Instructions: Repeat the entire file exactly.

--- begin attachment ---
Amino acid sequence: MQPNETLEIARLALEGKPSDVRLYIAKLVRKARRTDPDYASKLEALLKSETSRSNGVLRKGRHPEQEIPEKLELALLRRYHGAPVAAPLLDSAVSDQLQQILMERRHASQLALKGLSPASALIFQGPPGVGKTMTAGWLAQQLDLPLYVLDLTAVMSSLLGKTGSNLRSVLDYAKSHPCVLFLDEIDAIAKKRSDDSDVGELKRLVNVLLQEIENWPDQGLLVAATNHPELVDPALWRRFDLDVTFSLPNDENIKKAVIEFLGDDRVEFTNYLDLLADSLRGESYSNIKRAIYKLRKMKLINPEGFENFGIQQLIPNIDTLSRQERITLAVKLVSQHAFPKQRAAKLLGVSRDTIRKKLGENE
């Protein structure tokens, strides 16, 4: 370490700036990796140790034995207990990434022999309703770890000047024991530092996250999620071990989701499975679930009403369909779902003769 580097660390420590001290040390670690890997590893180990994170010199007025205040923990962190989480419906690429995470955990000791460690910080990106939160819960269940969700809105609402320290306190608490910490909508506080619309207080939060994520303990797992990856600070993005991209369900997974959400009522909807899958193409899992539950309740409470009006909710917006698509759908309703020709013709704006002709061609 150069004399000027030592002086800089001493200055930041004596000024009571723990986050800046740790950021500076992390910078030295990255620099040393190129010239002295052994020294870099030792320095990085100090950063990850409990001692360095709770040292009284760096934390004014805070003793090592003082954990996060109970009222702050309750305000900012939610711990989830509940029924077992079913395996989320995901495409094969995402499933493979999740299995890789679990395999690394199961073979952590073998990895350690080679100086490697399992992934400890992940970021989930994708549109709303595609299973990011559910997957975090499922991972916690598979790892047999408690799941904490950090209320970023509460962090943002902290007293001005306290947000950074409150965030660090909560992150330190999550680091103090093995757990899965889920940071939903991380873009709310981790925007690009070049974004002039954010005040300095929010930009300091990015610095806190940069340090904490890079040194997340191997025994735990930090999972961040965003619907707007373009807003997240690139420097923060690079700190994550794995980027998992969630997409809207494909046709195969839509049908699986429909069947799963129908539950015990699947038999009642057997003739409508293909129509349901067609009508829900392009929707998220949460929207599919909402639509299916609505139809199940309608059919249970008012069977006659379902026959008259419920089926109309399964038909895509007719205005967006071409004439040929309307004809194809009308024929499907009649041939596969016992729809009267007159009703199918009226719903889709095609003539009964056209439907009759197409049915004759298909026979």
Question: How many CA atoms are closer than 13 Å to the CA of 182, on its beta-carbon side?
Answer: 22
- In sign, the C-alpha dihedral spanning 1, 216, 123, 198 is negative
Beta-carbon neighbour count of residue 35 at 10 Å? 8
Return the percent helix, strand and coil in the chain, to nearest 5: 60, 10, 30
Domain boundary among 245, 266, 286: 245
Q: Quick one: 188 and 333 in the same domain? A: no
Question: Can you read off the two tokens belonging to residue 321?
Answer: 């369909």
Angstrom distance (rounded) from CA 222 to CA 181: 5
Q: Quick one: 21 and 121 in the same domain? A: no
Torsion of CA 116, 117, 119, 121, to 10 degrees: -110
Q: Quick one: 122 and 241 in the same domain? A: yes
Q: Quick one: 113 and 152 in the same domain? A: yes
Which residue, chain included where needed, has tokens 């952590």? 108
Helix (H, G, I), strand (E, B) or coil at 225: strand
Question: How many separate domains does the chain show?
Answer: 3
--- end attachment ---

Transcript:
Amino acid sequence: MQPNETLEIARLALEGKPSDVRLYIAKLVRKARRTDPDYASKLEALLKSETSRSNGVLRKGRHPEQEIPEKLELALLRRYHGAPVAAPLLDSAVSDQLQQILMERRHASQLALKGLSPASALIFQGPPGVGKTMTAGWLAQQLDLPLYVLDLTAVMSSLLGKTGSNLRSVLDYAKSHPCVLFLDEIDAIAKKRSDDSDVGELKRLVNVLLQEIENWPDQGLLVAATNHPELVDPALWRRFDLDVTFSLPNDENIKKAVIEFLGDDRVEFTNYLDLLADSLRGESYSNIKRAIYKLRKMKLINPEGFENFGIQQLIPNIDTLSRQERITLAVKLVSQHAFPKQRAAKLLGVSRDTIRKKLGENE
């Protein structure tokens, strides 16, 4: 370490700036990796140790034995207990990434022999309703770890000047024991530092996250999620071990989701499975679930009403369909779902003769 580097660390420590001290040390670690890997590893180990994170010199007025205040923990962190989480419906690429995470955990000791460690910080990106939160819960269940969700809105609402320290306190608490910490909508506080619309207080939060994520303990797992990856600070993005991209369900997974959400009522909807899958193409899992539950309740409470009006909710917006698509759908309703020709013709704006002709061609 150069004399000027030592002086800089001493200055930041004596000024009571723990986050800046740790950021500076992390910078030295990255620099040393190129010239002295052994020294870099030792320095990085100090950063990850409990001692360095709770040292009284760096934390004014805070003793090592003082954990996060109970009222702050309750305000900012939610711990989830509940029924077992079913395996989320995901495409094969995402499933493979999740299995890789679990395999690394199961073979952590073998990895350690080679100086490697399992992934400890992940970021989930994708549109709303595609299973990011559910997957975090499922991972916690598979790892047999408690799941904490950090209320970023509460962090943002902290007293001005306290947000950074409150965030660090909560992150330190999550680091103090093995757990899965889920940071939903991380873009709310981790925007690009070049974004002039954010005040300095929010930009300091990015610095806190940069340090904490890079040194997340191997025994735990930090999972961040965003619907707007373009807003997240690139420097923060690079700190994550794995980027998992969630997409809207494909046709195969839509049908699986429909069947799963129908539950015990699947038999009642057997003739409508293909129509349901067609009508829900392009929707998220949460929207599919909402639509299916609505139809199940309608059919249970008012069977006659379902026959008259419920089926109309399964038909895509007719205005967006071409004439040929309307004809194809009308024929499907009649041939596969016992729809009267007159009703199918009226719903889709095609003539009964056209439907009759197409049915004759298909026979």
Question: How many CA atoms are closer than 13 Å to the CA of 182, on its beta-carbon side?
Answer: 22
- In sign, the C-alpha dihedral spanning 1, 216, 123, 198 is negative
Beta-carbon neighbour count of residue 35 at 10 Å? 8
Return the percent helix, strand and coil in the chain, to nearest 5: 60, 10, 30
Domain boundary among 245, 266, 286: 245
Q: Quick one: 188 and 333 in the same domain? A: no
Question: Can you read off the two tokens belonging to residue 321?
Answer: 């369909």
Angstrom distance (rounded) from CA 222 to CA 181: 5
Q: Quick one: 21 and 121 in the same domain? A: no
Torsion of CA 116, 117, 119, 121, to 10 degrees: -110
Q: Quick one: 122 and 241 in the same domain? A: yes
Q: Quick one: 113 and 152 in the same domain? A: yes
Which residue, chain included where needed, has tokens 């952590």? 108
Helix (H, G, I), strand (E, B) or coil at 225: strand
Question: How many separate domains does the chain show?
Answer: 3